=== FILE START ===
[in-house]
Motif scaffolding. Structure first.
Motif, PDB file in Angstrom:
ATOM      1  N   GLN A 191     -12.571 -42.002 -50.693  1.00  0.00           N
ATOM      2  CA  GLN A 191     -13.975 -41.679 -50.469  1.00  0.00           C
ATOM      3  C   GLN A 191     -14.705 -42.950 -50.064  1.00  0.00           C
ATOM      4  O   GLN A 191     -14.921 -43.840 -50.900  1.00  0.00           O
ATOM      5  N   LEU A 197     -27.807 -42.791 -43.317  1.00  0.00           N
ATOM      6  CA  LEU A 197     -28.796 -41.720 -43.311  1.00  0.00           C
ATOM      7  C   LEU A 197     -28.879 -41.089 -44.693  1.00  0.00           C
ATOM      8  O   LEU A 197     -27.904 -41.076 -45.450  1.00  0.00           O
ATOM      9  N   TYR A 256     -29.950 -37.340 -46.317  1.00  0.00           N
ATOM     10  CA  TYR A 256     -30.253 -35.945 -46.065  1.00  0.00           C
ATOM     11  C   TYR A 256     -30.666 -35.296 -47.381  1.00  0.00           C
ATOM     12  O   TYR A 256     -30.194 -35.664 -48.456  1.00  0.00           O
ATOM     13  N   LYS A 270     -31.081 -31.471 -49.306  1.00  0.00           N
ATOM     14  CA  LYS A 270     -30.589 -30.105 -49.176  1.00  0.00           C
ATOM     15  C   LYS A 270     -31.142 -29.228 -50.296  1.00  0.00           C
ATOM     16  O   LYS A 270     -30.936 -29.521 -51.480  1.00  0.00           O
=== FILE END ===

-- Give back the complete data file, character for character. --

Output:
[in-house]
Motif scaffolding. Structure first.
Motif, PDB file in Angstrom:
ATOM      1  N   GLN A 191     -12.571 -42.002 -50.693  1.00  0.00           N
ATOM      2  CA  GLN A 191     -13.975 -41.679 -50.469  1.00  0.00           C
ATOM      3  C   GLN A 191     -14.705 -42.950 -50.064  1.00  0.00           C
ATOM      4  O   GLN A 191     -14.921 -43.840 -50.900  1.00  0.00           O
ATOM      5  N   LEU A 197     -27.807 -42.791 -43.317  1.00  0.00           N
ATOM      6  CA  LEU A 197     -28.796 -41.720 -43.311  1.00  0.00           C
ATOM      7  C   LEU A 197     -28.879 -41.089 -44.693  1.00  0.00           C
ATOM      8  O   LEU A 197     -27.904 -41.076 -45.450  1.00  0.00           O
ATOM      9  N   TYR A 256     -29.950 -37.340 -46.317  1.00  0.00           N
ATOM     10  CA  TYR A 256     -30.253 -35.945 -46.065  1.00  0.00           C
ATOM     11  C   TYR A 256     -30.666 -35.296 -47.381  1.00  0.00           C
ATOM     12  O   TYR A 256     -30.194 -35.664 -48.456  1.00  0.00           O
ATOM     13  N   LYS A 270     -31.081 -31.471 -49.306  1.00  0.00           N
ATOM     14  CA  LYS A 270     -30.589 -30.105 -49.176  1.00  0.00           C
ATOM     15  C   LYS A 270     -31.142 -29.228 -50.296  1.00  0.00           C
ATOM     16  O   LYS A 270     -30.936 -29.521 -51.480  1.00  0.00           O